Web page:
Again, the horror-comedy is probably my favorite type of horror film, with the monster horror and anthology horror tied for second. It makes sense that a couple of my top five films fall into this category, and I am proud of it. Mayhem is one of the most unique films I have seen in a while. This film’s soundtrack is fantastic, which mixes with the insane action scenes and works perfectly while putting the viewer on the edge of their seat. I can’t count the number of times my hands were sweating during this film in anticipation of the battles, whether with Yuen’s character battling his bosses or Yuen and Weaving vs. Everyone! I loved these action scenes. Weaving was my favorite, and her action star chops are well recognized, and my need to see her in a John Wick film is here declared.
Overall, my number five favorite horror film. I get it; you want a more horror style film, right? But why? This movie has a virus, violence, victims, and victors; what else do you need to see to recognize its position within the thriller/comedy sub-genre of the horror category? Please, watch it, and you will do what I did, watch every movie Samara Weaving is in. Then I implore you to observe Yuen’s excellent acting skills that should not be solely remembered for the Walking Dead. He is perfect in this and is way more than just “Glenn.” It does not get much better than Mayhem, and the movie, as a whole, offers so much more if you are willing to give it a shot.
Number FOUR: Silver Bullet (1985)
“The last full moon of that Spring came a little more than a month before school let out for Summer vacation. Our town’s long nightmare began that night.”– Silver Bullet (1985)
I will start by saying this; Silver Bullet has not aged well. Not concerning the content, which, yes, even that toed a few lines, but rather the film’s quality. It looks dated, and the scare factor has lost its shine in the last 35 years. When I watched this movie as a young kid in the late 1980s/early 1990s, it terrified the shit out of me. It is more for nostalgia, childhood fears, and whenever I think of horror movies, I think of this film, for right or wrong. So, why not take this moment to give it a higher ranking based on those nightmares I had as a kid because of this film. Here is the “Rotten Tomatoes” synopsis: “A series of unexplained murders occur in the normally quiet town of Tarker’s Mill… When a young wheelchair-using boy named Marty (Corey Haim) encounters a werewolf one night, the pieces begin to come together.”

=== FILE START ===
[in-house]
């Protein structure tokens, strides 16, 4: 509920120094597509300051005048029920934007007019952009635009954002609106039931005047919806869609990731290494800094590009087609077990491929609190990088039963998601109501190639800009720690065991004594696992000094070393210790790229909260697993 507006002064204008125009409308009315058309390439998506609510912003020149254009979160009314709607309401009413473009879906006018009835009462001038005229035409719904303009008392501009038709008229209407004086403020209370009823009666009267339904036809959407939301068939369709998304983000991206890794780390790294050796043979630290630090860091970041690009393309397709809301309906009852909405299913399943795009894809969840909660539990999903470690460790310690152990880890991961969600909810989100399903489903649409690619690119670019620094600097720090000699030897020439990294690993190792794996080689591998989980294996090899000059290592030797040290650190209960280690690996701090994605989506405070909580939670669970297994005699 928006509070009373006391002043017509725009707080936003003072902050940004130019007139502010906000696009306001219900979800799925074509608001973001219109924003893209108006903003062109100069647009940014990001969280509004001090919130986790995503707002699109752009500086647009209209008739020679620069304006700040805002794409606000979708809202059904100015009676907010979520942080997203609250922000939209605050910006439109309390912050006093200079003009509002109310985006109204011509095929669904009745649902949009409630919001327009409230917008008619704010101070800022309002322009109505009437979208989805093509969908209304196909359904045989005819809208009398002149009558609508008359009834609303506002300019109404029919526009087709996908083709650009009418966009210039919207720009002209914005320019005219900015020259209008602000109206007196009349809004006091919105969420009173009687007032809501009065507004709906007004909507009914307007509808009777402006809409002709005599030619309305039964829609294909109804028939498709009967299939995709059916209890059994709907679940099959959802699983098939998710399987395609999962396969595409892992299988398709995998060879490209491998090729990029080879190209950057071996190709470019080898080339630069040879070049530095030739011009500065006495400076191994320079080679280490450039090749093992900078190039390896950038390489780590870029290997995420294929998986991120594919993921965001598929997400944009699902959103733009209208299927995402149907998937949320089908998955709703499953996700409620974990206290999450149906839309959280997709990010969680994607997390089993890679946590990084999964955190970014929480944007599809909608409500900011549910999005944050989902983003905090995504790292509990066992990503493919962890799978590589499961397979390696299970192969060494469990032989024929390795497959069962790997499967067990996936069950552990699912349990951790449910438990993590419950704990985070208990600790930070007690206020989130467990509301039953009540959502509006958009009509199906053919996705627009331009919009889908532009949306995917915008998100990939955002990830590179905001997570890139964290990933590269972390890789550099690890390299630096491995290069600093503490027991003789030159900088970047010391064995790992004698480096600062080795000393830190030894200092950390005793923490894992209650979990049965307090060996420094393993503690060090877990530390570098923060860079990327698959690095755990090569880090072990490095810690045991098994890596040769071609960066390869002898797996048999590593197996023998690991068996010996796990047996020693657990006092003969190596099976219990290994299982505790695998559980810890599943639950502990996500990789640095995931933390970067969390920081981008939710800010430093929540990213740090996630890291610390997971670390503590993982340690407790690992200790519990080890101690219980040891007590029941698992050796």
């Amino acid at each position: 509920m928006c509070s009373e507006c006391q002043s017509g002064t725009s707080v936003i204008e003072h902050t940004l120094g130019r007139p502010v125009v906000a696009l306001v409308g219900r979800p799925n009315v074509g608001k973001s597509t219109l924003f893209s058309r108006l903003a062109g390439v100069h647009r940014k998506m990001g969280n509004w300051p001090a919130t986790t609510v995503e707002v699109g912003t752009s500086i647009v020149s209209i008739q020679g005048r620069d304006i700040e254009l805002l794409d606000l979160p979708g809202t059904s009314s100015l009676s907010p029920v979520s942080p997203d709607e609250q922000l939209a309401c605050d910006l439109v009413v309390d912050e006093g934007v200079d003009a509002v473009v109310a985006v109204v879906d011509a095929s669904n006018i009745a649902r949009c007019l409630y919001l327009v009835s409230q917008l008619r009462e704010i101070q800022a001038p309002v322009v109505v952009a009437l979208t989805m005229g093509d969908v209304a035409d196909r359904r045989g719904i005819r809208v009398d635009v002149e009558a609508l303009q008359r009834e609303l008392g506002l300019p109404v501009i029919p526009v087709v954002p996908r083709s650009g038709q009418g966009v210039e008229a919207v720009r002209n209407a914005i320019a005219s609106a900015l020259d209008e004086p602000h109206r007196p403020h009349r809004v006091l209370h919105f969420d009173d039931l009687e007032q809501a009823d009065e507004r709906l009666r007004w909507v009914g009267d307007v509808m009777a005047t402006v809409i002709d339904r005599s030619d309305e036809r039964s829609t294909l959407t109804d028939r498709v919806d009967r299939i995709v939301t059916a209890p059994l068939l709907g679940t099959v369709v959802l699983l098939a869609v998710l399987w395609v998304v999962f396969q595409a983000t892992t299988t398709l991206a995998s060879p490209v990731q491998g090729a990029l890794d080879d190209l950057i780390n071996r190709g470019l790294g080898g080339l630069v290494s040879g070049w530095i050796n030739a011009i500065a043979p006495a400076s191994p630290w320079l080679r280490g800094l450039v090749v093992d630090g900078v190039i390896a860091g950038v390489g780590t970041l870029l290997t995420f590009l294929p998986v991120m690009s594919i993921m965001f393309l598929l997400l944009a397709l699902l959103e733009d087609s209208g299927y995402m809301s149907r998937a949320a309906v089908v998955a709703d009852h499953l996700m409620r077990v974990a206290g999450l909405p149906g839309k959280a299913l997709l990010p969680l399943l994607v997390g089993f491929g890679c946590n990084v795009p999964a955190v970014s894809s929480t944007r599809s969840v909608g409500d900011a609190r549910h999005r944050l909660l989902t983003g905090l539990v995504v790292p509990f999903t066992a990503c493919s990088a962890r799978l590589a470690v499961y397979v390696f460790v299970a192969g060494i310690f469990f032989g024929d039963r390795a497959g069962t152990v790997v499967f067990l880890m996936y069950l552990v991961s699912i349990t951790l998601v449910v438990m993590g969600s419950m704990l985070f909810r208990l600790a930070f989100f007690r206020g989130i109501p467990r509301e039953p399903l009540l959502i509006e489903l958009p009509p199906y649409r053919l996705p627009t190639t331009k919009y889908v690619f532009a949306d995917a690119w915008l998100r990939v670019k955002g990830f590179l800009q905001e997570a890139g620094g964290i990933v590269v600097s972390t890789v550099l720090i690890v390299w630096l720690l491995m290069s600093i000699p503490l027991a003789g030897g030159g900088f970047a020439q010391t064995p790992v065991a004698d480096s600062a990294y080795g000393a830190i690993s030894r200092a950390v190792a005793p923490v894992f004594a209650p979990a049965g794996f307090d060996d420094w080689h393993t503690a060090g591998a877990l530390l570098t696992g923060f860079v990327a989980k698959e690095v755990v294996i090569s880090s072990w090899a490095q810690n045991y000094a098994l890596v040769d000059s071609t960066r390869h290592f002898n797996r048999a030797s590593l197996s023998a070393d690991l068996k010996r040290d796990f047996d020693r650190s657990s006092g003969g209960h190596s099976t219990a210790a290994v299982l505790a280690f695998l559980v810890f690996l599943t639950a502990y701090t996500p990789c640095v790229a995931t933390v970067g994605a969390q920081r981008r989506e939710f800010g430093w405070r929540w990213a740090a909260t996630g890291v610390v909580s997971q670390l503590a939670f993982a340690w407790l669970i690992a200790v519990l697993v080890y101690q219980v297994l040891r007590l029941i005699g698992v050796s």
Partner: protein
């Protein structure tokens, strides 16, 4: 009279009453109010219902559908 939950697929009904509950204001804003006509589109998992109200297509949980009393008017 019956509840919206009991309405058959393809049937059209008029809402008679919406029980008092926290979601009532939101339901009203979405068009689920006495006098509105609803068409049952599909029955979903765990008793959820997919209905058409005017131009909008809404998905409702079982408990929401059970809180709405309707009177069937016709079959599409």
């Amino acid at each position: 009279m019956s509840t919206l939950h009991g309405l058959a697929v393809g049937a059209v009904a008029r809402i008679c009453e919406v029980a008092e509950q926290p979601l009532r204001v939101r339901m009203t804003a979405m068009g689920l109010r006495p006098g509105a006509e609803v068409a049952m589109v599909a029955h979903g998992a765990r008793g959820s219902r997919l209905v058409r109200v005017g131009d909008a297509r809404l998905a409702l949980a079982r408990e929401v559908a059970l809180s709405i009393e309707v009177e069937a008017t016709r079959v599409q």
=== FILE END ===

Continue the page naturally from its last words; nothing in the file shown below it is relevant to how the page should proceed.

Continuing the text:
Silver Bullet is a classic 1980s horror movie based on Stephen King’s novella called “Cycle of the Werewolf.” The added power of an excellent narration at essential parts of the film’s early stages sets up the plot nicely. Silver Bullet was the first movie that introduced me to Gary Busey, who has become popularized through meme/gif culture, and Corey Haim, whose early films were legendary, especially those he stared in alongside Corey Feldman, like Lost Boys (1987). Sadly, and traumatically, because of abuse and personal trauma, his career never went where it should have, and his early death brought up questions of what could have been. But here, in Silver Bullet, both were fantastic, and their back and forth dialogue is something I vividly remember.
Overall, as I have said earlier, this movie falls within the horror genre that is more enjoyable and acceptable. It’s not a killer/slasher film, thankfully, but rather a monster/werewolf film, probably the first of this type I had ever seen. For the kind of film and how dated it appears now, all the actors were pretty solid within their given roles. Of course, Haim brought his boyhood charm, Busey his crazy uncle antics, and Megan Follows, as Marty’s sister Jane, was very good as her character came to believe her brother and his fear of a werewolf tracking him with each rising full moon. While the gore is comical now and the violence over the top and today pop culture mimics it, the film’s flow is quite terrifying. The music, sounds, lights, and cinematography helped create some insanely creepy scenes that I still vividly remember. Let’s say this; I can’t go into a basement, see a trellis, or watch any other werewolf film without first thinking of Silver Bullet.
Number THREE: Shaun of the Dead (2004)
“Shaun: I don’t think I’ve got it in me to shoot my flatmate, my mum and my girlfriend all in the same evening. / Liz: What makes you think I’ve taken you back? / Shaun: Well…you don’t want to die single, do you?– Simon Pegg & Kate Ashfield in Shaun of the Dead (2004)